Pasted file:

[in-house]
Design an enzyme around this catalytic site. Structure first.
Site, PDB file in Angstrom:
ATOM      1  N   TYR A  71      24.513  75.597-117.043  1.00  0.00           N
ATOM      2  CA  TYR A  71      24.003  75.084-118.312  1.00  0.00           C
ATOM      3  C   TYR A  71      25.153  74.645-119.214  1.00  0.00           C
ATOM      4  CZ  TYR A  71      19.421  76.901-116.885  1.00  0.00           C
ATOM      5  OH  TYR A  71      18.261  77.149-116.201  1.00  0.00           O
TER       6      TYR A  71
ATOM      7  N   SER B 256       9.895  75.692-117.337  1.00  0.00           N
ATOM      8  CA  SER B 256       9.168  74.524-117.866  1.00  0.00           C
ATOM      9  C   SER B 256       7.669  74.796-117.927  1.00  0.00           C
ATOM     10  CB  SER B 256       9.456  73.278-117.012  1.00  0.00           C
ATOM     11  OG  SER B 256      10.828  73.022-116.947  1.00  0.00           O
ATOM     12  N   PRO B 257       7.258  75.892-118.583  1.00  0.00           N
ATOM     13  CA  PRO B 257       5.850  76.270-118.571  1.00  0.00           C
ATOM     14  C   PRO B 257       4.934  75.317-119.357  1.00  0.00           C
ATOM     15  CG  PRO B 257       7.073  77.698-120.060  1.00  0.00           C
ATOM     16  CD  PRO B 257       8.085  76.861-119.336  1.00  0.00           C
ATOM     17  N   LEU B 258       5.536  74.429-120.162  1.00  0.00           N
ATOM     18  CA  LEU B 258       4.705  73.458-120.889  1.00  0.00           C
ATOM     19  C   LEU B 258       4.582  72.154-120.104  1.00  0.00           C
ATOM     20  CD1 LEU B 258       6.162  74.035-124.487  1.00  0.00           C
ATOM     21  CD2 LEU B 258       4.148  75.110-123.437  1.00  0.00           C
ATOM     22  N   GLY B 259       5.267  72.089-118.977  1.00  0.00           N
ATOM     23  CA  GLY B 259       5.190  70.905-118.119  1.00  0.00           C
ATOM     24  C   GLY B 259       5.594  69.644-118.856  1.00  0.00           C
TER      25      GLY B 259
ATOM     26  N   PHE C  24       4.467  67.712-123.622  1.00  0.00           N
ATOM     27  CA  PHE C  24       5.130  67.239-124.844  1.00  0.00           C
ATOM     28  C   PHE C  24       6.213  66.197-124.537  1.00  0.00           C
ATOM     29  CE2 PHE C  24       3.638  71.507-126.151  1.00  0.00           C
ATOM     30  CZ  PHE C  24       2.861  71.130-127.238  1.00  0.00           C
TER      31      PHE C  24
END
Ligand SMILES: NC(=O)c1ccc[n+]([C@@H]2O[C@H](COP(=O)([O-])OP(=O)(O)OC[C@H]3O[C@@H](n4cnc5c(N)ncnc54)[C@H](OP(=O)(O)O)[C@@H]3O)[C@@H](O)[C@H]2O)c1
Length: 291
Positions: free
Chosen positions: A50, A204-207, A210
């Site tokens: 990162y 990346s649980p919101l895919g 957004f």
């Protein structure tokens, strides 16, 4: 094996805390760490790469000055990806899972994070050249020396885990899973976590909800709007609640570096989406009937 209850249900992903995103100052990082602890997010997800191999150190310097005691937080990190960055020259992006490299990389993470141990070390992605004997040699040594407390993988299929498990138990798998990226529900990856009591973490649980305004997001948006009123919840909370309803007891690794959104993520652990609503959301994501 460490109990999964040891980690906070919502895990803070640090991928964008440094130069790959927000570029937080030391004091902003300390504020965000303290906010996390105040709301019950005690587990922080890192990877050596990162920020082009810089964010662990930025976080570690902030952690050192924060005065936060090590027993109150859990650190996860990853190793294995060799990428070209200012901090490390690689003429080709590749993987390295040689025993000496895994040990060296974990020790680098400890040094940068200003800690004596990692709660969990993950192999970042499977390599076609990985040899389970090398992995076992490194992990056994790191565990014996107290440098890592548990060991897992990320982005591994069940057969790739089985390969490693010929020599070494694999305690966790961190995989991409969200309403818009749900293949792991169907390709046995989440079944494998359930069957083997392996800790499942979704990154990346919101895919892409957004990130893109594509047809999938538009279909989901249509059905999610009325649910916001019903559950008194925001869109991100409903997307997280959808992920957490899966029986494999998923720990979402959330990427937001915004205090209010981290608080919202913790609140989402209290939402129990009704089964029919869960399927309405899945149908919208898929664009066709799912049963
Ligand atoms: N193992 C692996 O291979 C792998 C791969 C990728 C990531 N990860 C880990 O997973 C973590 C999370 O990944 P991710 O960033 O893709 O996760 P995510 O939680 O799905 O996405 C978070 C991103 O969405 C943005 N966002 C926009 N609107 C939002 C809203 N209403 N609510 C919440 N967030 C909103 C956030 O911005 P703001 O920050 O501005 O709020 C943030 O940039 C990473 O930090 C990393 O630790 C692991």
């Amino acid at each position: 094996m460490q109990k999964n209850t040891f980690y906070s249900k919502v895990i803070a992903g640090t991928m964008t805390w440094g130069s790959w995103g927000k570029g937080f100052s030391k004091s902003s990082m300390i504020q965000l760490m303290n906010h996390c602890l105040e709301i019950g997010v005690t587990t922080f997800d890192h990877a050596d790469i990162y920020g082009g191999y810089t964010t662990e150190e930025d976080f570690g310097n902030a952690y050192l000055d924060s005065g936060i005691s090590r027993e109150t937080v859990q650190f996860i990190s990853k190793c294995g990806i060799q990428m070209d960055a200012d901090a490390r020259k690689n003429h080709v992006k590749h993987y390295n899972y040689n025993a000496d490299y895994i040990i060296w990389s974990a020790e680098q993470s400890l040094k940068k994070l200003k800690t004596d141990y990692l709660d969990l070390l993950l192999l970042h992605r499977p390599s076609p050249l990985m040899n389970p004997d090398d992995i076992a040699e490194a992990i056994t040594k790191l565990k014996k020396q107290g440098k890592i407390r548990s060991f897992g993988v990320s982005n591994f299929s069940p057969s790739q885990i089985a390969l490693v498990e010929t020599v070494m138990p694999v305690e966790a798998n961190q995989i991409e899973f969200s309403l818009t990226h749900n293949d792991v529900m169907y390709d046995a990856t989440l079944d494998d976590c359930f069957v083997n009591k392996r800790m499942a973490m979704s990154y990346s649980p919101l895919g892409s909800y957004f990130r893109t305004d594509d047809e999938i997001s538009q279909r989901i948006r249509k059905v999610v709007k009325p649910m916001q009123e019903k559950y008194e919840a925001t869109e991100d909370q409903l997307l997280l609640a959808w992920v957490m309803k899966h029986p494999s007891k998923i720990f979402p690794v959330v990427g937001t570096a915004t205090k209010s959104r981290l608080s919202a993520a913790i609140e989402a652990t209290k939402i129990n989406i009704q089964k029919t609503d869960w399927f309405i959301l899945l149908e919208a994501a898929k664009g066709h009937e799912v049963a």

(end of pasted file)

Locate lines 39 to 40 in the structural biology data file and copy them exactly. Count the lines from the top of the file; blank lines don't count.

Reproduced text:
Chosen positions: A50, A204-207, A210
């Site tokens: 990162y 990346s649980p919101l895919g 957004f």